Gas stations on the highway in Switzerland are accommodating. Large parking lots and lots of food options make them great for pitstops. I was often unable to connect to WiFi at gas stations, so have a plan in place for communicating and navigating without it. Plus, you had to pay to use the restroom – so if you don’t have a coin on you, you’re going to have to hold it!
Gas stations in the cities and countryside areas may not always offer food or bathroom amenities. There may just be pumps!
Another Pro Tip: Our vehicle used partially natural gas or LPG. If your vehicle takes this natural gas, know that LPG stations are few and far between in Switzerland. Plus you need to ensure you have a German standard adapter for it to work.
Parking Practices in Switzerland
Where Can You Park as a Visitor
Switzerland has a system of colored parking spaces that denote who can park where.
Blue parking spaces are free to park in for up to 90 minutes. However, you must have an EU parking disc (most rental cars will come with one.) With this, you’ll set the time you arrived and place it in the dashboard.
Yellow parking spaces are only for residents.
White parking spaces are metered spaces you can pay to park in.
The easiest places to park in cities, but not always the cheapest, are parking garages. The facilities are typically clean, although sometimes the parking spaces can be narrow. Typically you’ll take a ticket at the entrance, keep that ticket with you, and then insert it into a standalone pay machine in the garage before you arrive back at your car. Then, insert the paid ticket as you are leaving.
In cities, parking can be very expensive. Most parking garages in Zurich, for example, start at 5 CHF per hour.
In smaller cities like Lucerne, parking is a bit cheaper, around 3 CHF per hour.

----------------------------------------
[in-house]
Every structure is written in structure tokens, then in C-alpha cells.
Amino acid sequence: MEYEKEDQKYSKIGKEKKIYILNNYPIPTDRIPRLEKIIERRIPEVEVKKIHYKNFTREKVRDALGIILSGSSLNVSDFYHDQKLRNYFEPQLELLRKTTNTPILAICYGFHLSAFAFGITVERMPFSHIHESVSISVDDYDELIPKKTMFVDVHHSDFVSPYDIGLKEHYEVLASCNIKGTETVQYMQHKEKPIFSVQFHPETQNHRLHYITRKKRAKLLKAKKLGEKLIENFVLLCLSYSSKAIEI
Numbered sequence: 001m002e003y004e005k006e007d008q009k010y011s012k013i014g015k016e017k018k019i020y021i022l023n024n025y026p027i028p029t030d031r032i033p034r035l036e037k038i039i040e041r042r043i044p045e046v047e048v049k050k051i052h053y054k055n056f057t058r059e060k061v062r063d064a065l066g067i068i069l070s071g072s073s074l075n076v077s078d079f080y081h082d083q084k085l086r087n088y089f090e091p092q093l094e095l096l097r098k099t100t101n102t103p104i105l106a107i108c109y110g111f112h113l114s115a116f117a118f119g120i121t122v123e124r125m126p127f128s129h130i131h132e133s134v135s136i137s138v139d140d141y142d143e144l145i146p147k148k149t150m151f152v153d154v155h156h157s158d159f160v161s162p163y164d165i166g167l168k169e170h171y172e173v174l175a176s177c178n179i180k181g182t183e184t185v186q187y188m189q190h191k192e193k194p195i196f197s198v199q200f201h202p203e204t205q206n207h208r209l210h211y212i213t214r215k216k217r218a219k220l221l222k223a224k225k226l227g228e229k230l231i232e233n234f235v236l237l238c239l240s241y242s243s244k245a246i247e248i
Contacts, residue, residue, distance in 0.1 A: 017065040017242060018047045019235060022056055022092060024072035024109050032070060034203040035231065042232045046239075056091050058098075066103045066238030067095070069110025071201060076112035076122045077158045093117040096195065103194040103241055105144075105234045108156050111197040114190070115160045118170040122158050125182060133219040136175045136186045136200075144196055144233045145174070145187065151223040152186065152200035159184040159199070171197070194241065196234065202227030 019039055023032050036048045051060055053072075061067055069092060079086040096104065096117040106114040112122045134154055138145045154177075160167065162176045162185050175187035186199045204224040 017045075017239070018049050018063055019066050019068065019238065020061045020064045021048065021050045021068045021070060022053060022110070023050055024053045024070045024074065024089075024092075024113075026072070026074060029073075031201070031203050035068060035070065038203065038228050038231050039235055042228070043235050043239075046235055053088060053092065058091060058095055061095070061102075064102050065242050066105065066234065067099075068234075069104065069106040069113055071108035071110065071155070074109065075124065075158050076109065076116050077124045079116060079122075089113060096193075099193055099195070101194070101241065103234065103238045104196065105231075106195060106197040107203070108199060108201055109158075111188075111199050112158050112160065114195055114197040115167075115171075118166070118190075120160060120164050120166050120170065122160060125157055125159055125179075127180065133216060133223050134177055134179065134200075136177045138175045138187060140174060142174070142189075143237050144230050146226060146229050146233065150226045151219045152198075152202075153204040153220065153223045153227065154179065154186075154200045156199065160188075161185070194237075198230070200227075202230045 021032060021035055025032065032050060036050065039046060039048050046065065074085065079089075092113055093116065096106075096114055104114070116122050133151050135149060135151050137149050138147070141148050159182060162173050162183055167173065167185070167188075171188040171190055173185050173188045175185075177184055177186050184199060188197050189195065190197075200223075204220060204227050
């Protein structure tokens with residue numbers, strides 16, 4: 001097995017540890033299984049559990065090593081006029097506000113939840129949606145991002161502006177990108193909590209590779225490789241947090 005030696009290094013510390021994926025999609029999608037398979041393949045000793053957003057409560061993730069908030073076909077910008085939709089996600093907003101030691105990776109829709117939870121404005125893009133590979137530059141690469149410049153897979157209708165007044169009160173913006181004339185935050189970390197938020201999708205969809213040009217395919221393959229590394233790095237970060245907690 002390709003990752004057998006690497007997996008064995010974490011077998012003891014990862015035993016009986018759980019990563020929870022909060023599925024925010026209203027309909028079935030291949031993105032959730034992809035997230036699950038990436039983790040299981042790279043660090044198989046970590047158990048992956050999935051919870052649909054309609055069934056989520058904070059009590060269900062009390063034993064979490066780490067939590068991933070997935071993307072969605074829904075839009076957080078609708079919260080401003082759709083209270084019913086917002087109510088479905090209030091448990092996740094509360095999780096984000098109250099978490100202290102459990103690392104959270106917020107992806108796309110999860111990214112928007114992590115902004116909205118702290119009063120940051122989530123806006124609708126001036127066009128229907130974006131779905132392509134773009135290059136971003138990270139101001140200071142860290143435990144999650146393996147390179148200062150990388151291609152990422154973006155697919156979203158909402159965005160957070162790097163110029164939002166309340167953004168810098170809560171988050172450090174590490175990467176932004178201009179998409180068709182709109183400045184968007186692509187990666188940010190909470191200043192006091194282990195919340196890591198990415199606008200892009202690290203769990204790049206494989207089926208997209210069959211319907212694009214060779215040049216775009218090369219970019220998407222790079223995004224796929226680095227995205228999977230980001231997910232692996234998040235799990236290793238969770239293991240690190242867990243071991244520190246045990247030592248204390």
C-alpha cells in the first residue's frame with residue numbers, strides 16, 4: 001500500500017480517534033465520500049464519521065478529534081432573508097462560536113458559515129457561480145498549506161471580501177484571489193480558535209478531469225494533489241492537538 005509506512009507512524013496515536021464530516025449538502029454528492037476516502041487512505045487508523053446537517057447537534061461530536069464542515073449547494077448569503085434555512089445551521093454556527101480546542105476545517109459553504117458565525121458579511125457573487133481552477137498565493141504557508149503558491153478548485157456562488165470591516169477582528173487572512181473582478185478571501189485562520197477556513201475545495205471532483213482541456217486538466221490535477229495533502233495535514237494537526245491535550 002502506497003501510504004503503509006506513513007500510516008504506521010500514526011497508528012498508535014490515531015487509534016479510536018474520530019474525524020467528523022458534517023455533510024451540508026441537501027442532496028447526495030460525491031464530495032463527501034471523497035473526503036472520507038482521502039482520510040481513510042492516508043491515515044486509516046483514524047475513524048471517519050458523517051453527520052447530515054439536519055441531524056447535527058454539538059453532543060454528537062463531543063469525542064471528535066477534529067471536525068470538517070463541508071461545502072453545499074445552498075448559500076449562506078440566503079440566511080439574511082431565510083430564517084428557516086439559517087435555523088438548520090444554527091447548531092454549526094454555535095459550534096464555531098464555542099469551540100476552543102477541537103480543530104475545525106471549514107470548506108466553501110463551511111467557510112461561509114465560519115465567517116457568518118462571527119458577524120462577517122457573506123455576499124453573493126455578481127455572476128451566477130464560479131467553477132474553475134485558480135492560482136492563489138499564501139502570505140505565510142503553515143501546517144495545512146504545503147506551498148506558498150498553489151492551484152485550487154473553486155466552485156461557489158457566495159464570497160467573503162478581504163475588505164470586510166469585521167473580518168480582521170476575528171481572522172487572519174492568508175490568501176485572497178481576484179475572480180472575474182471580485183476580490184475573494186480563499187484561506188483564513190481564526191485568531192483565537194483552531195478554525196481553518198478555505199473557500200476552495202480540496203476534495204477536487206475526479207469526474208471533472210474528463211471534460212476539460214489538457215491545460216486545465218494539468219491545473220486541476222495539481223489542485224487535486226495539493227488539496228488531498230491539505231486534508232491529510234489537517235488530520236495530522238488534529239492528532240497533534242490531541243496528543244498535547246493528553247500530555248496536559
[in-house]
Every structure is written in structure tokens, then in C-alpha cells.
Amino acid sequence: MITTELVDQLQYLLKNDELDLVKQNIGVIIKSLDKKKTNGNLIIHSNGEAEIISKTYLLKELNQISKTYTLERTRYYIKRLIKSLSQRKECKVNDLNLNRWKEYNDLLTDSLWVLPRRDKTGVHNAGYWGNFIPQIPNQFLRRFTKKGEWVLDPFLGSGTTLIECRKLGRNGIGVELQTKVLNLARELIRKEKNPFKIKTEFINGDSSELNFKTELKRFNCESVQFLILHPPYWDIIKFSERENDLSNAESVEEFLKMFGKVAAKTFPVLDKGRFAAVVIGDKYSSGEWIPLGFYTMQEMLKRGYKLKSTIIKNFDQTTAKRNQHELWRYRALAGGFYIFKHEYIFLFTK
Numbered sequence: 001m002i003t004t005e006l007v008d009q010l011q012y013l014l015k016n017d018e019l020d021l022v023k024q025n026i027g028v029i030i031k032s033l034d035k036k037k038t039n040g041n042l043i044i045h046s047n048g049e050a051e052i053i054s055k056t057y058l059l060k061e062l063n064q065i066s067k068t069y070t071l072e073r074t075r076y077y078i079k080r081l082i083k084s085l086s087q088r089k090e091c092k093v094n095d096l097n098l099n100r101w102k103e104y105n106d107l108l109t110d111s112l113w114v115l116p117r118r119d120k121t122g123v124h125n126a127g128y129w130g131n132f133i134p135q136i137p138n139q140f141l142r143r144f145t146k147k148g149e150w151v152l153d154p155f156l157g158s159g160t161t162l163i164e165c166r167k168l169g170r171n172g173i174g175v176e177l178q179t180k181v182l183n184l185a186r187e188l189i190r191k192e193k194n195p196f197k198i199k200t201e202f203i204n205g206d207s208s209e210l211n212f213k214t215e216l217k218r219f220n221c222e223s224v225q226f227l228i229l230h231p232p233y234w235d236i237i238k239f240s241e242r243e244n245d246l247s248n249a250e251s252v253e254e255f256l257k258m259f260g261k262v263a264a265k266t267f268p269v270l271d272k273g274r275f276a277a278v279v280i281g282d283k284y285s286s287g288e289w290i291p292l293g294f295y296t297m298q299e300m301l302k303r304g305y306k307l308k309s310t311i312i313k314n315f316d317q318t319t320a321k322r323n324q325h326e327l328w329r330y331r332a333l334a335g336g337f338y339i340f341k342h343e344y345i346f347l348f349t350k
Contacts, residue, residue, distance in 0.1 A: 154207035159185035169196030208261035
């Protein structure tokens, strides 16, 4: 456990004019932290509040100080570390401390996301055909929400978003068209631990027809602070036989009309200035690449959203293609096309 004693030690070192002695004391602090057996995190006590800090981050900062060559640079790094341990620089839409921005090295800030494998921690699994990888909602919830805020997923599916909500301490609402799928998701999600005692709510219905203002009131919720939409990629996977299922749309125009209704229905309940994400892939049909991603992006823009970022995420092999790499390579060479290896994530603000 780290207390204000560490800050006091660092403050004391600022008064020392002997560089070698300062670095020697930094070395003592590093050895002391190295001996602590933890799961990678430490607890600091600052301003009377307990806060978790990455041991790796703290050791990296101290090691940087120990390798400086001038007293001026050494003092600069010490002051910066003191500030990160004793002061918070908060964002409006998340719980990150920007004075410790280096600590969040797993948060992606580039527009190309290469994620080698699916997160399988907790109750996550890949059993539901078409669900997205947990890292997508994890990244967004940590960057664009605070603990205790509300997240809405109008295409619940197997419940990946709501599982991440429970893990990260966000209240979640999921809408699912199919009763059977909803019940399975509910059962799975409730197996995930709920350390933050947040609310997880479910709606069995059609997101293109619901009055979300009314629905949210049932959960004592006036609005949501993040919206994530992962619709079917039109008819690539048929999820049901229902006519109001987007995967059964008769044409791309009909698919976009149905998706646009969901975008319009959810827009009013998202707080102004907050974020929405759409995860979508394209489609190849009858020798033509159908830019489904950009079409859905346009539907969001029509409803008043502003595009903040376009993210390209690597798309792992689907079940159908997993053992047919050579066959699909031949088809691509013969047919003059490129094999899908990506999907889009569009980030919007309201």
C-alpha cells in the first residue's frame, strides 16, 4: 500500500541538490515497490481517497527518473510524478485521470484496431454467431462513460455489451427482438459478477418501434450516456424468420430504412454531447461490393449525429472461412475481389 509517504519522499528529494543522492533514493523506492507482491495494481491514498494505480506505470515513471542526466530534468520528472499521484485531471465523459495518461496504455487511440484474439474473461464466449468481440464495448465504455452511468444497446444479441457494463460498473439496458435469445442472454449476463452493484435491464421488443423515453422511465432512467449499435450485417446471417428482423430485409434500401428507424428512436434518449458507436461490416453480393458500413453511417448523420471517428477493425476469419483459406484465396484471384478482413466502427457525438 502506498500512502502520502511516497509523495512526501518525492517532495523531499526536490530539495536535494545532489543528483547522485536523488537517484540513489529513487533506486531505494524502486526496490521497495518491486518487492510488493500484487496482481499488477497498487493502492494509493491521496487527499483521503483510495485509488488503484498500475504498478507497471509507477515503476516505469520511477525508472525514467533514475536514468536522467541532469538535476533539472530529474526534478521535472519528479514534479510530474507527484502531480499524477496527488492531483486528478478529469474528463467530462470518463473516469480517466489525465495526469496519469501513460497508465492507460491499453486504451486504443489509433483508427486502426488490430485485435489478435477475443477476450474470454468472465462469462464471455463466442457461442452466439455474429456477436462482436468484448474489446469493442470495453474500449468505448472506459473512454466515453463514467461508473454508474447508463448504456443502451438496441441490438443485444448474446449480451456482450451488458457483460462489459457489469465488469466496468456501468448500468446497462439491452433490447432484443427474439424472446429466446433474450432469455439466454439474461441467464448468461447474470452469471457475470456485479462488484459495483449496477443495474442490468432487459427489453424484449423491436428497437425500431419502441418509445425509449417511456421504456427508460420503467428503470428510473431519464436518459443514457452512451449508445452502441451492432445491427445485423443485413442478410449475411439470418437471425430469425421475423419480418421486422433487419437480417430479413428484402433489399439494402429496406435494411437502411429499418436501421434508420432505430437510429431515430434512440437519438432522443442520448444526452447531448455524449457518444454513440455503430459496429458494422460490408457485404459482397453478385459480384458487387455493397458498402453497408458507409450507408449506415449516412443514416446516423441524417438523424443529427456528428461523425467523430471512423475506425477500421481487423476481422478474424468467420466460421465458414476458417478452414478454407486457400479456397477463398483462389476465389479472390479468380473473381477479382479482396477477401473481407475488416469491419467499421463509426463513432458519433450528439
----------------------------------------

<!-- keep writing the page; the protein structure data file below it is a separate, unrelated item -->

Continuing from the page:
Final Thoughts & Extra Tips for Driving in Switzerland
I hope this practical guide was packed with helpful information so you can be a little less stressed and a lot more excited for your upcoming trip!
To wrap it up, here’s some extra tips and thoughts to keep in mind to best prepare you for your driving:
- Download offline maps before you start on your route. The free WiFi options never worked with my phone, so don’t rely on them completely for navigation. You could also purchase a SIM card so that you have data while roaming Switzerland through their provider Swisscom, or pay extra on your phone plan to use data internationally.
- Have coins on you to be able to use the restroom at rest stops. Yes, you have to pay to use them!
- Pack snacks from the grocery store because rest stops and gas stations are very expensive places to buy food.
- Take photos of your rental car before you leave the facility so you have your own evidence of what damage/scratches were there before you used the vehicle.
- Do lots of research on parking and car-free zones. A lot of mountains towns actually don’t allow cars at all, so you’ll want to have a plan in place for where to park and how you will get around in these areas.
Last but not least, enjoy the ride! Be spontaneous and make stops at pretty places you see while on the road. The flexibility to adventure however you’d like is the best part about traveling by car!
Have any more questions about driving in Switzerland? Leave a comment and I’ll share more of my personal experiences!
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Switzerland is one of the most scenic countries to explore by car in Europe. Take moments on your drive to enjoy your beautiful natural surroundings!